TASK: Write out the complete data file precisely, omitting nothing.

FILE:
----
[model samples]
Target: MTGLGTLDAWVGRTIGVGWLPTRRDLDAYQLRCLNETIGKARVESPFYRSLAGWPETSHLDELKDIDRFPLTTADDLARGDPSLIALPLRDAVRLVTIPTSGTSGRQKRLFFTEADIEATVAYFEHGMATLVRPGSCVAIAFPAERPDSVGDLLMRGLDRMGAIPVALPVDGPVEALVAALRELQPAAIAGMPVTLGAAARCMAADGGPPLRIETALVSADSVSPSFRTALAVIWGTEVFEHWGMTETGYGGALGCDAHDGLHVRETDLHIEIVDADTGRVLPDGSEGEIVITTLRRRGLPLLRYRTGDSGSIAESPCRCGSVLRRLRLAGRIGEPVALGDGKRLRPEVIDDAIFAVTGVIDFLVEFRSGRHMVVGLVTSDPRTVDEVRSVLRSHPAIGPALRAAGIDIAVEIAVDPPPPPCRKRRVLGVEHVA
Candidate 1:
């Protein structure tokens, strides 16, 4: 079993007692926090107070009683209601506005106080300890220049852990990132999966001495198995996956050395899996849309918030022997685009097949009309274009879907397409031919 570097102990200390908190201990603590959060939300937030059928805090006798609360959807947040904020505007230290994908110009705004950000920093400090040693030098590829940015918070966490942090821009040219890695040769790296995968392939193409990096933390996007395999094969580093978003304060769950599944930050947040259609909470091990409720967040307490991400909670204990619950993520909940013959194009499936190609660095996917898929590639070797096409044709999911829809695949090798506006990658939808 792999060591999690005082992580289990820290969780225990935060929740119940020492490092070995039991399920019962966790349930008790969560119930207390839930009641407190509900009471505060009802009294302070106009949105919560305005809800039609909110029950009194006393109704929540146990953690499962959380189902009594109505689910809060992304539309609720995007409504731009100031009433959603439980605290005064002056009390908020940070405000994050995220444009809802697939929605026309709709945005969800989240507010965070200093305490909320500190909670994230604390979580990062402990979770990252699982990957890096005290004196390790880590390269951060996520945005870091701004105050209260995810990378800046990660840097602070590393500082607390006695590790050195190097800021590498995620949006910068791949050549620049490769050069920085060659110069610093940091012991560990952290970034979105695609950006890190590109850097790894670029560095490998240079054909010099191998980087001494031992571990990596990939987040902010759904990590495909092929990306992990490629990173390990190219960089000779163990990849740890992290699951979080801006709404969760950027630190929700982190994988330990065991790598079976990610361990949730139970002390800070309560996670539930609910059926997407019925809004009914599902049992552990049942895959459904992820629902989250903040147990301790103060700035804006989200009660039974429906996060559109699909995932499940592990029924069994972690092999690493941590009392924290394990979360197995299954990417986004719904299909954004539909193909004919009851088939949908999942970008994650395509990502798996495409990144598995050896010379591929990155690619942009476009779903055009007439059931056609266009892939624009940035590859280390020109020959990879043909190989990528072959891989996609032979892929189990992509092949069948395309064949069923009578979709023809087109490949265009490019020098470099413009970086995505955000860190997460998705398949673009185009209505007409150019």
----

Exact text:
[model samples]
Target: MTGLGTLDAWVGRTIGVGWLPTRRDLDAYQLRCLNETIGKARVESPFYRSLAGWPETSHLDELKDIDRFPLTTADDLARGDPSLIALPLRDAVRLVTIPTSGTSGRQKRLFFTEADIEATVAYFEHGMATLVRPGSCVAIAFPAERPDSVGDLLMRGLDRMGAIPVALPVDGPVEALVAALRELQPAAIAGMPVTLGAAARCMAADGGPPLRIETALVSADSVSPSFRTALAVIWGTEVFEHWGMTETGYGGALGCDAHDGLHVRETDLHIEIVDADTGRVLPDGSEGEIVITTLRRRGLPLLRYRTGDSGSIAESPCRCGSVLRRLRLAGRIGEPVALGDGKRLRPEVIDDAIFAVTGVIDFLVEFRSGRHMVVGLVTSDPRTVDEVRSVLRSHPAIGPALRAAGIDIAVEIAVDPPPPPCRKRRVLGVEHVA
Candidate 1:
């Protein structure tokens, strides 16, 4: 079993007692926090107070009683209601506005106080300890220049852990990132999966001495198995996956050395899996849309918030022997685009097949009309274009879907397409031919 570097102990200390908190201990603590959060939300937030059928805090006798609360959807947040904020505007230290994908110009705004950000920093400090040693030098590829940015918070966490942090821009040219890695040769790296995968392939193409990096933390996007395999094969580093978003304060769950599944930050947040259609909470091990409720967040307490991400909670204990619950993520909940013959194009499936190609660095996917898929590639070797096409044709999911829809695949090798506006990658939808 792999060591999690005082992580289990820290969780225990935060929740119940020492490092070995039991399920019962966790349930008790969560119930207390839930009641407190509900009471505060009802009294302070106009949105919560305005809800039609909110029950009194006393109704929540146990953690499962959380189902009594109505689910809060992304539309609720995007409504731009100031009433959603439980605290005064002056009390908020940070405000994050995220444009809802697939929605026309709709945005969800989240507010965070200093305490909320500190909670994230604390979580990062402990979770990252699982990957890096005290004196390790880590390269951060996520945005870091701004105050209260995810990378800046990660840097602070590393500082607390006695590790050195190097800021590498995620949006910068791949050549620049490769050069920085060659110069610093940091012991560990952290970034979105695609950006890190590109850097790894670029560095490998240079054909010099191998980087001494031992571990990596990939987040902010759904990590495909092929990306992990490629990173390990190219960089000779163990990849740890992290699951979080801006709404969760950027630190929700982190994988330990065991790598079976990610361990949730139970002390800070309560996670539930609910059926997407019925809004009914599902049992552990049942895959459904992820629902989250903040147990301790103060700035804006989200009660039974429906996060559109699909995932499940592990029924069994972690092999690493941590009392924290394990979360197995299954990417986004719904299909954004539909193909004919009851088939949908999942970008994650395509990502798996495409990144598995050896010379591929990155690619942009476009779903055009007439059931056609266009892939624009940035590859280390020109020959990879043909190989990528072959891989996609032979892929189990992509092949069948395309064949069923009578979709023809087109490949265009490019020098470099413009970086995505955000860190997460998705398949673009185009209505007409150019």